Table 1. List of primary antisera and secondary fluorescence conjugated antisera used for immunohistochemistry in the present study
The specificity of the immunohistochemical staining was confirmed by replacing the primary antibody with normal rabbit serum, and by using diluted antiserum pretreated with adequate antigen (5.7–10 µg/mL) for 24 hr at 4°C. No immunostaining was observed under these conditions.
At the microscopic level, we randomly selected at least 10 fields of view of the adrenal medulla from at least 10 sections obtained from each of 5 animals. The selected fields were photographed using a digital camera (EOS KISS 5: Canon, Tokyo, Japan). Adobe Photoshop Elements (version 2.0; Adobe Systems, San Jose, CA) and Win ROOF Professional Ver.5.7 (MITANI CORPORATION, Fukui, Japan) were used to view the photographed images and measure the unit area (1 mm2). The number of varicosities of ChAT-immunoreactive nerve fibers in the areas of A cells and NA cells was counted and calculated and shown as mean ± S.D. in the 1 mm2. The cell size of adrenal chromaffin and ganglion cells was also measured using the aforementioned software.
GABAB receptor immunoreactivity was seen in numerous chromaffin cells (ca. 15 µm in diameter) in the medulla, and was also visible as fine dots on chromaffin cells. By using immunohistochemical techniques combined with a FIF method, GABAB receptor immunoreactivity was found predominantly in A cells, but not in the NA cells showing blue-white fluorescence (Fig. 1a,b). GABAB receptor immunoreactivity was also seen in a few ganglion cells (20–40 µm in diameter) with a large nucleus in the medulla (Fig. 2a). In such cases, it was denser than that of the chromaffin cells. nNOS immunoreactivity was seen in ganglion cells, and nerve fibers and nerve bundles, but not in numerous chromaffin cells of the medulla. By using a double immunostaining method, GABAB receptor immunoreactive ganglion cells were shown to be nNOS immunopositive (Fig. 2a,b).
Weak GABA immunoreactivity was found only in some clusters of chromaffin cells, but not in the cortical cells. Using the FIF method, these immunoreactive cells showed blue-white NA fluorescence (Fig. 3a,b). However, no GABA immunoreactivity was observed in ganglion cells of the mouse adrenal medulla. Thick GABA-immunoreactive nerve bundles ran through the cortex directly into the medulla and divided into thinner nerve fibers in the medulla. However, no GABA-immunoreactive nerve fibers ran along blood vessels in the cortex. GABA-immunoreactive varicose nerve fibers were frequently observed around the A cells without the fluorescence, but not around the NA cells with the fluorescence. These immunoreactive nerve fibers were dense and in close contact with A cells, but not with NA cells. GABA-immunoreactive nerve fibers were in close contact with a few ganglion cells.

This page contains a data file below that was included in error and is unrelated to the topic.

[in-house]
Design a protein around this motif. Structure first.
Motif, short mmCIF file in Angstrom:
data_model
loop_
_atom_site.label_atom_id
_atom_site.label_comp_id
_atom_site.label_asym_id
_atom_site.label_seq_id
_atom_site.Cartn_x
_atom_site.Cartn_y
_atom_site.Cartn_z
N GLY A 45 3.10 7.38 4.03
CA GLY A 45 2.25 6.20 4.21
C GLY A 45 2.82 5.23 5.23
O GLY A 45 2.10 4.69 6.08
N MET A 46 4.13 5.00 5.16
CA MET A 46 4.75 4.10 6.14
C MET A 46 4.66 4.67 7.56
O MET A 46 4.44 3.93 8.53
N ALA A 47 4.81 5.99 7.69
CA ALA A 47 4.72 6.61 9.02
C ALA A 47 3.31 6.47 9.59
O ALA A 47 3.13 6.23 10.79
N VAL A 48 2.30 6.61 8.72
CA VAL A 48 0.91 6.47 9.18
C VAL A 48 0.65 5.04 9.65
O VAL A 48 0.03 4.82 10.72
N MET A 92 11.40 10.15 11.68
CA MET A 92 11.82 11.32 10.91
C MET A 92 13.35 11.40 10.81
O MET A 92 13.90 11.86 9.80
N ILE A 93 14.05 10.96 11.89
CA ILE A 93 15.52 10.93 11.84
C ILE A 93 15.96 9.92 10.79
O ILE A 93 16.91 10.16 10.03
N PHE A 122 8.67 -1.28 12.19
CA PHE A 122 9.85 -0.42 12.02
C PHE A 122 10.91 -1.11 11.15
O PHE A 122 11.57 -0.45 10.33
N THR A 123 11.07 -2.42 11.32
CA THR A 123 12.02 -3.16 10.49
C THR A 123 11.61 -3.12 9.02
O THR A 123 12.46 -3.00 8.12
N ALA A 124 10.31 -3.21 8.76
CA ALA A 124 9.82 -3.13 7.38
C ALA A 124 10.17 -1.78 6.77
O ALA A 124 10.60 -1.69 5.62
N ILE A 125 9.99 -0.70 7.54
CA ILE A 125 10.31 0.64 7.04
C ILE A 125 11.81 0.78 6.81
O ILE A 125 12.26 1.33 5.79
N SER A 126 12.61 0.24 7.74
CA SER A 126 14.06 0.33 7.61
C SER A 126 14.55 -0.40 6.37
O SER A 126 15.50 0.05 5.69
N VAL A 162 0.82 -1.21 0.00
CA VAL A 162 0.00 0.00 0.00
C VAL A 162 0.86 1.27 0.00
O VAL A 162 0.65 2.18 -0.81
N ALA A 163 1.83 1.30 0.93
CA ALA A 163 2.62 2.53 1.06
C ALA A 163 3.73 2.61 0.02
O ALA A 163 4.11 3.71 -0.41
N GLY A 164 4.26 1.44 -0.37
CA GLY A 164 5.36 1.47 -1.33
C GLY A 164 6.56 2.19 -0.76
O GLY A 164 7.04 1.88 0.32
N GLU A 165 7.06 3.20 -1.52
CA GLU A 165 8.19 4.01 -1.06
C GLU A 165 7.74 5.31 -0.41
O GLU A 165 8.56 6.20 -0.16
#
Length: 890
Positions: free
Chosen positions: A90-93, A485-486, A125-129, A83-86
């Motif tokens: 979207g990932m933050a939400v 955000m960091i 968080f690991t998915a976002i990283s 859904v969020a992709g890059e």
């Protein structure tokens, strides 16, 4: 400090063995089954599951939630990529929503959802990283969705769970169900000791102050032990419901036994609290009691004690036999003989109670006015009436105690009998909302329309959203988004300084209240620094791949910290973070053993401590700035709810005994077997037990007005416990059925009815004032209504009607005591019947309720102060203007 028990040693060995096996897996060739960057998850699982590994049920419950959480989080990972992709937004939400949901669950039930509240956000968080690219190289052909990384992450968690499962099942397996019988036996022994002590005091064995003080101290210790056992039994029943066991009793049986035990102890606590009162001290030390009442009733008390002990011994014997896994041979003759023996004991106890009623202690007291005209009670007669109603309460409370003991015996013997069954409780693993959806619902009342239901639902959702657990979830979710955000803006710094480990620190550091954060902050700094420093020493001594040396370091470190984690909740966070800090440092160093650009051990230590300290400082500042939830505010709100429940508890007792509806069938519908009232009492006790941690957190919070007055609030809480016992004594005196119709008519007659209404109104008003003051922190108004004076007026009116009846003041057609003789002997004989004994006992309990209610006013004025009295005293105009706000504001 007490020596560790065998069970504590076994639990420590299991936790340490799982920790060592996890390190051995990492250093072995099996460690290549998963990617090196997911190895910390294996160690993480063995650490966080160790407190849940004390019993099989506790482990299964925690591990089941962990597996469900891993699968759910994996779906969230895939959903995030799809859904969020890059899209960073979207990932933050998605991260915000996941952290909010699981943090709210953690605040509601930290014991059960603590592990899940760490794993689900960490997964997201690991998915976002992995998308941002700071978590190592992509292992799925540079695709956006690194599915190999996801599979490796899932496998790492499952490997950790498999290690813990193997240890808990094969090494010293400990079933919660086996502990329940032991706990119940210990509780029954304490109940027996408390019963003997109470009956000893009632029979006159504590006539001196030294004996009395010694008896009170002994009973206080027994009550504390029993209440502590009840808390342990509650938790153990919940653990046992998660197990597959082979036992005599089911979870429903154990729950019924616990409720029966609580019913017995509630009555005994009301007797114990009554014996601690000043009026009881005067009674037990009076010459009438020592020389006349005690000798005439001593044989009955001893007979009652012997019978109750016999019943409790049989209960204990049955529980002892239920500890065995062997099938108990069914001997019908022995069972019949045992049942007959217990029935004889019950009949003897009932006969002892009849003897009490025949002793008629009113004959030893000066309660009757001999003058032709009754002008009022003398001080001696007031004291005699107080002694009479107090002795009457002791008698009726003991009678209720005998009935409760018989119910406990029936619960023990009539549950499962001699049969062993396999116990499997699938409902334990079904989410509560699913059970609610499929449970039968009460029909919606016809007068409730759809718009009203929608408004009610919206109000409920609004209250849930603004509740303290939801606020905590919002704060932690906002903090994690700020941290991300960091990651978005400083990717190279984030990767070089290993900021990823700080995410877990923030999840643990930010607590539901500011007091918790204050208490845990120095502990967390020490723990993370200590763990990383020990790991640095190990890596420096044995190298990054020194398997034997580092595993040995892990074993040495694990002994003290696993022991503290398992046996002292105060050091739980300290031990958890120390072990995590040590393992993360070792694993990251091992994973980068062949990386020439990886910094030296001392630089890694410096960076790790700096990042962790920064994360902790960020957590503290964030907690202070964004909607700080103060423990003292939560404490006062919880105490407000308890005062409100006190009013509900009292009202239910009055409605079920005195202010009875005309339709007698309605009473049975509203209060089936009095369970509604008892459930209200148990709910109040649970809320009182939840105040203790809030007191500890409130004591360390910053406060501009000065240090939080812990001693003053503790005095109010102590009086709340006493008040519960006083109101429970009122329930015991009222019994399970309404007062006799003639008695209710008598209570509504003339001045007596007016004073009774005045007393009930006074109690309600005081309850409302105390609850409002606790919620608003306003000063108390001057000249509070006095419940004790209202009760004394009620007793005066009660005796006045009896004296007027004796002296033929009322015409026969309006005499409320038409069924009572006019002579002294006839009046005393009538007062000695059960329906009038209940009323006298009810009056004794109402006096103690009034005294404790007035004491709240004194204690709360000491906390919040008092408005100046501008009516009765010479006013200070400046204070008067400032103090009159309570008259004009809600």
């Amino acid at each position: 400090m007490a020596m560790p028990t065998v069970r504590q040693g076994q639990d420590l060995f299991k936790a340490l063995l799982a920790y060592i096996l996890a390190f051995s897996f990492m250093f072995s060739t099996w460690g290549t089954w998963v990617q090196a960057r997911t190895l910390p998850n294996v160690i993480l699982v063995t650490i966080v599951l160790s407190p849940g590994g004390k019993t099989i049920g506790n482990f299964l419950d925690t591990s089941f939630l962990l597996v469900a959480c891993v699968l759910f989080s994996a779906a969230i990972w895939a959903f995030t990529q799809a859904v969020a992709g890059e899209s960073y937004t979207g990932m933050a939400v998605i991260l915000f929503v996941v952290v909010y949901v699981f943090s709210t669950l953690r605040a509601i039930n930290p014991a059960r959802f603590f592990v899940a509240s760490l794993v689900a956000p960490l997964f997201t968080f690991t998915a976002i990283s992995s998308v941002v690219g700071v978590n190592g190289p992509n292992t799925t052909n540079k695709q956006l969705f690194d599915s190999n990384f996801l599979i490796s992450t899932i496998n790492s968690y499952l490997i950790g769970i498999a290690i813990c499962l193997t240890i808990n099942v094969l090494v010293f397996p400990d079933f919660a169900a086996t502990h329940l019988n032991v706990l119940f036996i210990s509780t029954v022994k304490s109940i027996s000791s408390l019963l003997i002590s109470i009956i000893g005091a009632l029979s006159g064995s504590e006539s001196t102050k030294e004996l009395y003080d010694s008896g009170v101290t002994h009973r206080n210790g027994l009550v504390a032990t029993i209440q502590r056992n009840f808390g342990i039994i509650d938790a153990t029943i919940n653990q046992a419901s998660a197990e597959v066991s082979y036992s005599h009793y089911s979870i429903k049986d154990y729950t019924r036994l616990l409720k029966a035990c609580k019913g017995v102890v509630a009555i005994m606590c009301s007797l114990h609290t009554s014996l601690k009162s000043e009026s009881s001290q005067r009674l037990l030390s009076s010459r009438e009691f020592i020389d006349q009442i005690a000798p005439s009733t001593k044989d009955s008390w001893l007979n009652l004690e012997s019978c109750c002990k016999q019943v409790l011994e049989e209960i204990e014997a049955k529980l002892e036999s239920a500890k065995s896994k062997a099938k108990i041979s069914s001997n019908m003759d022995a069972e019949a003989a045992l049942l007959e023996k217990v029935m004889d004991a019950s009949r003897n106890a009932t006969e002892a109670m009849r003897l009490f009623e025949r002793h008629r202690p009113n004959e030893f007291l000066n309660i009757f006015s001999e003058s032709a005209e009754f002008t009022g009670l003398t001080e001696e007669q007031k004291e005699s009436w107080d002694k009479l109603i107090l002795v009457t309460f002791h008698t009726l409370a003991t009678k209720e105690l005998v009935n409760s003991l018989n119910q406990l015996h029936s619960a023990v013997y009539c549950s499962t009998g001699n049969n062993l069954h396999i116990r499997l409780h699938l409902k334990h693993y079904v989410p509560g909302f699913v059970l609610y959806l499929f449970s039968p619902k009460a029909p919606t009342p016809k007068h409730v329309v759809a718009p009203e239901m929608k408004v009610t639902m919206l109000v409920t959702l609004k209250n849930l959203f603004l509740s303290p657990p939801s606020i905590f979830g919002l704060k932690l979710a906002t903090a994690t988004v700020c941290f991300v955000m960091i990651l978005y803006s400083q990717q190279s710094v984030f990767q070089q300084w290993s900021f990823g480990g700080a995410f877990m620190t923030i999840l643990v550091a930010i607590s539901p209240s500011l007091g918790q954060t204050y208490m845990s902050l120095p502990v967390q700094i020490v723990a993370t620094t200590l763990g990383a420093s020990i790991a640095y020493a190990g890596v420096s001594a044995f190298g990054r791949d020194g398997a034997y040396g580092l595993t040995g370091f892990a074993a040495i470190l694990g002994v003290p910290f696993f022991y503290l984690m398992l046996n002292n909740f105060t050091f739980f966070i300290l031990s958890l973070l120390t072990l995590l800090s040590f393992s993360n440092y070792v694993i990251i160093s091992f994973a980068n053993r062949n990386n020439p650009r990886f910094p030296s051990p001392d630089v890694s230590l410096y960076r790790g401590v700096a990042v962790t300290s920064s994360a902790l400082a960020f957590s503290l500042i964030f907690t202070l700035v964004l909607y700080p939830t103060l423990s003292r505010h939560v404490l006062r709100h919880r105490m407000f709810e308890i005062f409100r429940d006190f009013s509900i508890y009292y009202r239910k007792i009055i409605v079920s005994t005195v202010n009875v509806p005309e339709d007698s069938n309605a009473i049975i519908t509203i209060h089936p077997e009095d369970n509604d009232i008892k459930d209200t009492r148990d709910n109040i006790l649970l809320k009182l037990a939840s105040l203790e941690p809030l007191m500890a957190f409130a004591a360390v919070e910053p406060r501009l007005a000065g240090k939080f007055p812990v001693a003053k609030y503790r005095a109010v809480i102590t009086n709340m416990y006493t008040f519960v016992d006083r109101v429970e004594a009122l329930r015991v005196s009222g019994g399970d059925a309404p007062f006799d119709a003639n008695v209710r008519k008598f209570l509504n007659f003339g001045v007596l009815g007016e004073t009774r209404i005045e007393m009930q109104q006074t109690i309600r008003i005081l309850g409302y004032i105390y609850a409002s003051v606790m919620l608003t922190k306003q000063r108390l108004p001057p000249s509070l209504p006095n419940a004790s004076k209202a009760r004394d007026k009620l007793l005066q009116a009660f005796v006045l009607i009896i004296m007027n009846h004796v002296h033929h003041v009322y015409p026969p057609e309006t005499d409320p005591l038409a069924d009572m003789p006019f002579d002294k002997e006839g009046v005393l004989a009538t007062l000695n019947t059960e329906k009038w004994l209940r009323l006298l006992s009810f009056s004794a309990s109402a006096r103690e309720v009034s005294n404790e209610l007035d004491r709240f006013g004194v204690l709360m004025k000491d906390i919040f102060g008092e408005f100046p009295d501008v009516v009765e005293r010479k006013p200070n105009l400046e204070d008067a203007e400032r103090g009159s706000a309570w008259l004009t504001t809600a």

By using a double immunofluorescence method with GABA and ChAT antibodies, intra-adrenal GABA-immunoreactive nerve fibers in the area of the A cells exhibited all ChAT immunoreactivity (Fig. 3e,f). However, no GABA-immunoreactive nerve fibers were seen in NA cell areas showing blue-white fluorescence. ChAT-only immunoreactive nerve fibers in NA cell area showing the fluorescence were more numerous than those in A cell areas not showing the fluorescence (Fig. 3c,d). The number of varicosities of ChAT-immunoreactive nerve fibers in the NA cell area and in the A cell area were 5,667 ± 962, 2,707 ± 227 (average varicosities/mm2 ± S.D.), respectively.
In the control, clusters of NA cells showing blue-white fluorescence using the FIF method and A cells showing PNMT immunoreactivity by immunohistochemistry were identified in the same sections of the mouse adrenal medulla (Fig. 4a,b). Immunohistochemical staining was confirmed by replacing the primary antibody with normal rabbit serum. No immunoreactivity was observed in the control sections of the mouse adrenal medulla (Fig. 4c,d).